childhood to the events of the bridge without a bunch of flashbacks going back and forth between because it’s very
difficult to keep up with. And introducing the characters that influence his life and watching the family of George Bailey grow
and expand as he influences his community and then comes to this big crisis. The world without George Bailey when
he’s given this amazing gift by this angel. Where he gets to see what the world would be like without him. This
was a big discussion that Gene and I had when we were working on the libretto and shaping the piece. Because we
knew that suddenly the world without George Bailey had to feel different, had to look different, and had to sound
different. And I said to Gene, well we’ve had wall to wall music by then and it’s been very alive and human voices and
unamplified and no electronics. What if, for the world without George Bailey, suddenly we’re in a
world where there is no music were all there is, is this haunted sort of vacant void sound? And everyone speaks in
dialogue rather than singing. And we really loved that idea. And because, you can actually say things faster than you can
sing them, it allowed us to actually get a lot more information in that little section. Then if we had — if I had
said it, it would have gone on again, too long, that we because we get the point very quickly. So he gets to see what the world
would be like, when he gets to interact with Mr. Gower. He gets to see his brother’s grave. He sees his mother who doesn’t recognize him.
He goes back to the house where he had — he and Mary had a family, which is vacant. And the angel, Clara is his guide
through all of this, until finally very shortly, I think it’s like six or seven minutes long that entire scene, he’s on his
knees saying, I just wanna live again. But it — I think it works really really well. It’s very surprising and it was a very, I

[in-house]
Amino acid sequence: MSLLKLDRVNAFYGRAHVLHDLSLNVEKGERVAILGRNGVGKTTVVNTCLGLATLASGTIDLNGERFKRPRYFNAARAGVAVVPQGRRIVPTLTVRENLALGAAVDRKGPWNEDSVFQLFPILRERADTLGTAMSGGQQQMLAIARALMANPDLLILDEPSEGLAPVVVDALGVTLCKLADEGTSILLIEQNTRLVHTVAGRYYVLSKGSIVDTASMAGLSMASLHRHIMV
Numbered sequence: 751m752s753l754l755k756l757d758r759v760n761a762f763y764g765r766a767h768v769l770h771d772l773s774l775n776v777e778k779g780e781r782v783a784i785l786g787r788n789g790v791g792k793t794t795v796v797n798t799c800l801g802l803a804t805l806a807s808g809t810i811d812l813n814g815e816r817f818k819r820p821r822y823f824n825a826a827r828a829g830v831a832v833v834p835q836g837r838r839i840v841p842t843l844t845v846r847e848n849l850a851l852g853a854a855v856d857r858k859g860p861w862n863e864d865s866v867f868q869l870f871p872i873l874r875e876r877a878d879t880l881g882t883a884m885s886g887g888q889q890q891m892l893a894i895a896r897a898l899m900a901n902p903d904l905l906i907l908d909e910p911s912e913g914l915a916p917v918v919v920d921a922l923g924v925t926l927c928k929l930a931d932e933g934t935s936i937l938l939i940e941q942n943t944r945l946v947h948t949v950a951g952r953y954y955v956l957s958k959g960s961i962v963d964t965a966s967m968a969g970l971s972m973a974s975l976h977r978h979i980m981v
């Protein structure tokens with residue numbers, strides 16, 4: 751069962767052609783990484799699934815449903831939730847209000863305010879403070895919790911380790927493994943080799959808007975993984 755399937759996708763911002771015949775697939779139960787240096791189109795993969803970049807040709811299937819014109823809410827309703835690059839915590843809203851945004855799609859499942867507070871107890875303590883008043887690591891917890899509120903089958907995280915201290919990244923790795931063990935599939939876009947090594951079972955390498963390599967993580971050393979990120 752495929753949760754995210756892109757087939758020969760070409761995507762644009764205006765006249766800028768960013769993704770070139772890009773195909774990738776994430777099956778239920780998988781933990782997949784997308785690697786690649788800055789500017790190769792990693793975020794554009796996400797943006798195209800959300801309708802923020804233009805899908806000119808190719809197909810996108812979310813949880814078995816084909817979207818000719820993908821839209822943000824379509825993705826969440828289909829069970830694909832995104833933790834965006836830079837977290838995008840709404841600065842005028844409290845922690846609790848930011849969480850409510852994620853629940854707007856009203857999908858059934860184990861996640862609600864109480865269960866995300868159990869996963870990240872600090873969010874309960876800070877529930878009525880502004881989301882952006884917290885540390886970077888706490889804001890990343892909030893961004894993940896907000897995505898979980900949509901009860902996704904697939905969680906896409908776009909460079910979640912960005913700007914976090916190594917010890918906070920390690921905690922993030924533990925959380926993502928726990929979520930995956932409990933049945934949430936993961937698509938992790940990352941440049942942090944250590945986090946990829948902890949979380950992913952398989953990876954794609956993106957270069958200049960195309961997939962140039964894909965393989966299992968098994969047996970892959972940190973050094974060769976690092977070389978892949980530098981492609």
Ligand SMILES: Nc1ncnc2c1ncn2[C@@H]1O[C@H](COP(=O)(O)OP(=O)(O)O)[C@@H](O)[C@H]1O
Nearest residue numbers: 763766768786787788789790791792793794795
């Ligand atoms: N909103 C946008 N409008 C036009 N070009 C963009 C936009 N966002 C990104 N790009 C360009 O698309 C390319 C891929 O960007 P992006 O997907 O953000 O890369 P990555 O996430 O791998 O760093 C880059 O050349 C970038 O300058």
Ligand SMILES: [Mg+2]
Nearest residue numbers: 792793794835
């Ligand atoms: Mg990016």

think, bold and dramatic choice. And it allows the audience suddenly to go into a different level, than having the
comforts of music constantly guiding you. You suddenly are in a very different world with him. I think another hard thing in the telling
of it on the stage, is that there’s so much exposition, there’s so much to get to know before you
get to know why this moment and George Bailey’s life is so crucial. That getting through all of that exposition as
swiftly as possible and cutting to the chase, sort of was very difficult, and the difference with opera, film,
etcetera is of course in an opera, the final character to arrive is the audience and you can think you know what you
have, but until the audience shows up it’s all abstract it’s all in our heads. We can think it’s a wonderful and great in
clear and perfect and then the audience shows up and sometimes they’re sitting there, huh. Which is not a good thing. And sometimes they’re
very excited and with you and it’s measuring and reading that to see where it needs to move along. What could be cut?
What could be made better? And so we learned from the audience in Houston. We learn from the audience and I.U. and
were arriving fully formed here in San Francisco.